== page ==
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Famous Athletes with Hypermobility

Updated On:
March 2024
David Harris

There are many famous athletes who have hypermobile joints. Hypermobility can be both a blessing and a challenge in the competitive sports arena. Hypermobility, particularly when it falls under the category of Hypermobile Ehlers-Danlos Syndrome (hEDS) or Hypermobility Spectrum Disorder (HSD), requires careful management to prevent injury. Nonetheless, several athletes have not only managed their condition but also excelled in their sports, often using their unique flexibility to their advantage.

Famous Athletes with Hypermobility and Ehlers-Danlos Syndrome:

Here are a few notable athletes known for their hypermobility:

  1. Simone Biles - Regarded as one of the greatest gymnasts of all time, Simone Biles has demonstrated incredible flexibility and strength. While not officially diagnosed with hEDS or HSD publicly, her extraordinary flexibility and the physical demands of gymnastics raise considerations about hypermobility's role in her performance.
  2. Misty Copeland - As a groundbreaking ballerina, Misty Copeland has shown remarkable flexibility and strength, traits that have propelled her to the top of the ballet world. Ballet dancers, much like gymnasts, often exhibit levels of flexibility that suggest hypermobility, which can be an asset in their demanding performances.
  3. Michael Phelps - The most decorated Olympian of all time, swimmer Michael Phelps, has a unique physical build with a long torso and flexible joints, contributing to his swimming prowess. While Phelps is not publicly known to have hEDS or HSD, his joint flexibility, especially in his ankles, has been highlighted as a factor in his swimming efficiency.
  4. Usain Bolt - The world-renowned sprinter, known for his incredible speed, has discussed his scoliosis, which is a condition that can co-occur with hypermobility. While not directly linked to hypermobility, his ability to overcome physical challenges and excel in sprinting highlights the diverse impacts of joint and connective tissue conditions on athletic performance.
  5. Patrick Mahomes - His quick recovery from a patella dislocation highlights the impact of hypermobility on athletic performance and resilience. Following a quarterback sneak that resulted in a dislocated knee cap, the initial outlook seemed grim for Mahomes. However, thanks to his "double-jointed" nature, as reported by Ian Rapoport, an NFL sportswriter, Mahomes experienced a remarkably swift recovery. This unique physical trait allowed his knee to sustain less damage than typically expected in such injuries, underscoring how hypermobility can provide a protective advantage in certain high-impact sports scenarios. Mahomes' case illustrates that, with proper management and understanding of their physical condition, athletes with hypermobility can overcome significant injuries and return to peak performance levels.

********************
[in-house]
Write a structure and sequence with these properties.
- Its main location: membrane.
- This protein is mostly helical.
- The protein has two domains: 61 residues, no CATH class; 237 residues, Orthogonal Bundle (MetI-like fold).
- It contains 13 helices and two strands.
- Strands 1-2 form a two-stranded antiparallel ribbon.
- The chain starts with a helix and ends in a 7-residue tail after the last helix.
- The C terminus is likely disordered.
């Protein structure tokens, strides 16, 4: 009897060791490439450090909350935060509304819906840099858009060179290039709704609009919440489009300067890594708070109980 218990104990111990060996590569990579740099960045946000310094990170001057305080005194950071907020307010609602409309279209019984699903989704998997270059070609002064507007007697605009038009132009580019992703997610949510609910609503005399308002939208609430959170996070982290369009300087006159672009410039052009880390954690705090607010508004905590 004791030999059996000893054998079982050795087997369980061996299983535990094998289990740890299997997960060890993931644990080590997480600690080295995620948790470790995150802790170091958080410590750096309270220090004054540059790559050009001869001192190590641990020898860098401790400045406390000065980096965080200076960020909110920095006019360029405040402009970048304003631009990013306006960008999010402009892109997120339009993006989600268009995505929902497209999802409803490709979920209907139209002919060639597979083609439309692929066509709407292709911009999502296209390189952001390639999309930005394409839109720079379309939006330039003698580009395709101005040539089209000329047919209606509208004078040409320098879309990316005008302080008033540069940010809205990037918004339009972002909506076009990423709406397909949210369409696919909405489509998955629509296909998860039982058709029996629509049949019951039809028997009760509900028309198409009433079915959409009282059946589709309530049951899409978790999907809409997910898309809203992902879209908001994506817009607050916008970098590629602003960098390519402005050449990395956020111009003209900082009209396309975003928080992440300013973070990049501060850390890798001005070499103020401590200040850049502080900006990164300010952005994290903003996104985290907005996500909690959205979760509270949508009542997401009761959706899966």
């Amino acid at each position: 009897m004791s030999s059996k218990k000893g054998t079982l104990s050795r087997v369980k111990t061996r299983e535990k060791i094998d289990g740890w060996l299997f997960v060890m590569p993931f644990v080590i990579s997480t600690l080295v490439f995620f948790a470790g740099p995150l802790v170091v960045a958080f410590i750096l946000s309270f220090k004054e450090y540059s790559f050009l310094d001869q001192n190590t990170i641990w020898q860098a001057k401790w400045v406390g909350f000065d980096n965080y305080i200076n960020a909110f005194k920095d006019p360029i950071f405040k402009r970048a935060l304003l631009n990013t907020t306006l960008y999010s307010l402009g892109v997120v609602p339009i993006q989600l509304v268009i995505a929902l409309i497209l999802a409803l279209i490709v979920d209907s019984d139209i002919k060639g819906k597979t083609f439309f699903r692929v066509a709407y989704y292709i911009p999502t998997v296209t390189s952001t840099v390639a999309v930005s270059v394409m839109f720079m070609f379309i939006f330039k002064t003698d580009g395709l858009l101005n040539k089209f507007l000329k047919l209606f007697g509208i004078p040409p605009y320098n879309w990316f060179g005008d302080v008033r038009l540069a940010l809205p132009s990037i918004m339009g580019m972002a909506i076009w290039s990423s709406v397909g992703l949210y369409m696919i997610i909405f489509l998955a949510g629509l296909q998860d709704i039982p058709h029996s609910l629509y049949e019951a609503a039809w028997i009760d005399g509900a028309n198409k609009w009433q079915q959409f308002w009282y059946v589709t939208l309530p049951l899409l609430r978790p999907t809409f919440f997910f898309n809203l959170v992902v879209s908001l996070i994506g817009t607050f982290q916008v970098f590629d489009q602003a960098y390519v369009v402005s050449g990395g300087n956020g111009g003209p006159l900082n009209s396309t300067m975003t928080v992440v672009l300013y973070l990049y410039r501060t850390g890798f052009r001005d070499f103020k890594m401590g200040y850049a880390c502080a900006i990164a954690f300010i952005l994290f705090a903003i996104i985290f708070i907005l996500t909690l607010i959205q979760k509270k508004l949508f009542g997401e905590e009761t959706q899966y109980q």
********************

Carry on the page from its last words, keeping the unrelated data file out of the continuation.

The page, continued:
These athletes illustrate that with proper management and training, individuals with hypermobility can achieve extraordinary levels of athletic achievement. It's important for athletes with hypermobility to work closely with medical professionals to ensure they maintain their health while pushing the boundaries of their sports.

High Prevalence of Hypermobility in Dancers and Figure Skaters

In the worlds of dance, gymnastics, acrobatics, and skating, extraordinary flexibility isn't just an asset—it's often the hallmark of success. However, for individuals living with hypermobile Ehlers-Danlos syndrome (hEDS) or a hypermobility spectrum disorder (HSD), this natural advantage comes with significant challenges.

The Double-Edged Sword of Hypermobility

Hypermobility serves as a competitive edge in the rigorous fields of dance, gymnastics, and acrobatics. Researchers, such as those in the study by Briggs et al. (2009), have noted a high prevalence of joint hypermobility among participants in these disciplines. Yet, this same trait that enables performers to excel can also predispose them to a range of complications, from increased injury risks to chronic pain and joint instability.

Kate Schultz, a former dancer with hEDS, encapsulates this paradox: initially celebrated for her exceptional flexibility, she later encountered the downside as her flexibility evolved into instability, affecting her well-being and ending her dance career.

The Challenge of Underdiagnosis

One of the critical issues facing athletes with hEDS or HSD is the widespread under diagnosis of these conditions. Many in the performing arts who suffer from extreme hypermobility might not realize that their physical traits could be symptomatic of a broader, systemic issue, leading to a lack of appropriate medical care and support. Jessica Adelman's story is a testament to this, as she navigated through 11 years and 18 doctors to receive her hEDS diagnosis, by which time her competitive gymnastics career was irreparably impacted.

The Importance of Early Diagnosis and Management

Early identification and diagnosis of hEDS and HSD can significantly alter the management and outcome for athletes. Tailored physical therapy programs, specific postural and alignment instruction, and comprehensive care plans can mitigate the risk of injury while optimizing performance. Moira McCormack of the Royal Ballet Company highlights the importance of understanding the hypermobile body, emphasizing that with strength, stability, and coordination, athletes can harness their flexibility advantageously.

Lara Bloom, International Executive Director of The Ehlers-Danlos Society, underscores the significance of this awareness campaign: "If instructors and trainers are able to recognize the signs of these conditions, more of these athletes can receive appropriate care, which can reduce injuries, prolong careers, and ease pain."


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